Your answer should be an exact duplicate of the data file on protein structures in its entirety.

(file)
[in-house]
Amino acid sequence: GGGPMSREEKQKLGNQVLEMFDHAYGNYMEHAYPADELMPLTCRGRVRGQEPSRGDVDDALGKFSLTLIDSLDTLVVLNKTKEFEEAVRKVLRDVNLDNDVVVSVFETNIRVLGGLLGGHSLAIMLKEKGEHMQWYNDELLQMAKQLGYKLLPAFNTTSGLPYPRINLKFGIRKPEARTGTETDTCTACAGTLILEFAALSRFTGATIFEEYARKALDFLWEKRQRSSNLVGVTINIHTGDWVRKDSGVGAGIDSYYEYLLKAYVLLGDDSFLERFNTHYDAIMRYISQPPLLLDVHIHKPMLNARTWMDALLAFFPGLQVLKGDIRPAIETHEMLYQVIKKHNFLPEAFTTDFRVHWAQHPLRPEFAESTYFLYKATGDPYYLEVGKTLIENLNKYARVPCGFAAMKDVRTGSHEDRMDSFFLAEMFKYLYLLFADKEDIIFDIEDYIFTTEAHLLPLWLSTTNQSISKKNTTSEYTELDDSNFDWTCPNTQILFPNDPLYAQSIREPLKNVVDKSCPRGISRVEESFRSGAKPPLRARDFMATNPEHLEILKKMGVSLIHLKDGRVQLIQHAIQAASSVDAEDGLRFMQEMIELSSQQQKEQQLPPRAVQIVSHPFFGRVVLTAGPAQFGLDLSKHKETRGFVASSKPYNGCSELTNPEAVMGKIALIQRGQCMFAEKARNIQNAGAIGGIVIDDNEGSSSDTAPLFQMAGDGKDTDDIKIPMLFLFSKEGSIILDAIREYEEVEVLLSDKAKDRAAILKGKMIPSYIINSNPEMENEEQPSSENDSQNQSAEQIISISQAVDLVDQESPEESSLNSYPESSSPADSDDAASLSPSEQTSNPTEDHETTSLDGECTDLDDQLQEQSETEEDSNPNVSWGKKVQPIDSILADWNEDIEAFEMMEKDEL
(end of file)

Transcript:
[in-house]
Amino acid sequence: GGGPMSREEKQKLGNQVLEMFDHAYGNYMEHAYPADELMPLTCRGRVRGQEPSRGDVDDALGKFSLTLIDSLDTLVVLNKTKEFEEAVRKVLRDVNLDNDVVVSVFETNIRVLGGLLGGHSLAIMLKEKGEHMQWYNDELLQMAKQLGYKLLPAFNTTSGLPYPRINLKFGIRKPEARTGTETDTCTACAGTLILEFAALSRFTGATIFEEYARKALDFLWEKRQRSSNLVGVTINIHTGDWVRKDSGVGAGIDSYYEYLLKAYVLLGDDSFLERFNTHYDAIMRYISQPPLLLDVHIHKPMLNARTWMDALLAFFPGLQVLKGDIRPAIETHEMLYQVIKKHNFLPEAFTTDFRVHWAQHPLRPEFAESTYFLYKATGDPYYLEVGKTLIENLNKYARVPCGFAAMKDVRTGSHEDRMDSFFLAEMFKYLYLLFADKEDIIFDIEDYIFTTEAHLLPLWLSTTNQSISKKNTTSEYTELDDSNFDWTCPNTQILFPNDPLYAQSIREPLKNVVDKSCPRGISRVEESFRSGAKPPLRARDFMATNPEHLEILKKMGVSLIHLKDGRVQLIQHAIQAASSVDAEDGLRFMQEMIELSSQQQKEQQLPPRAVQIVSHPFFGRVVLTAGPAQFGLDLSKHKETRGFVASSKPYNGCSELTNPEAVMGKIALIQRGQCMFAEKARNIQNAGAIGGIVIDDNEGSSSDTAPLFQMAGDGKDTDDIKIPMLFLFSKEGSIILDAIREYEEVEVLLSDKAKDRAAILKGKMIPSYIINSNPEMENEEQPSSENDSQNQSAEQIISISQAVDLVDQESPEESSLNSYPESSSPADSDDAASLSPSEQTSNPTEDHETTSLDGECTDLDDQLQEQSETEEDSNPNVSWGKKVQPIDSILADWNEDIEAFEMMEKDEL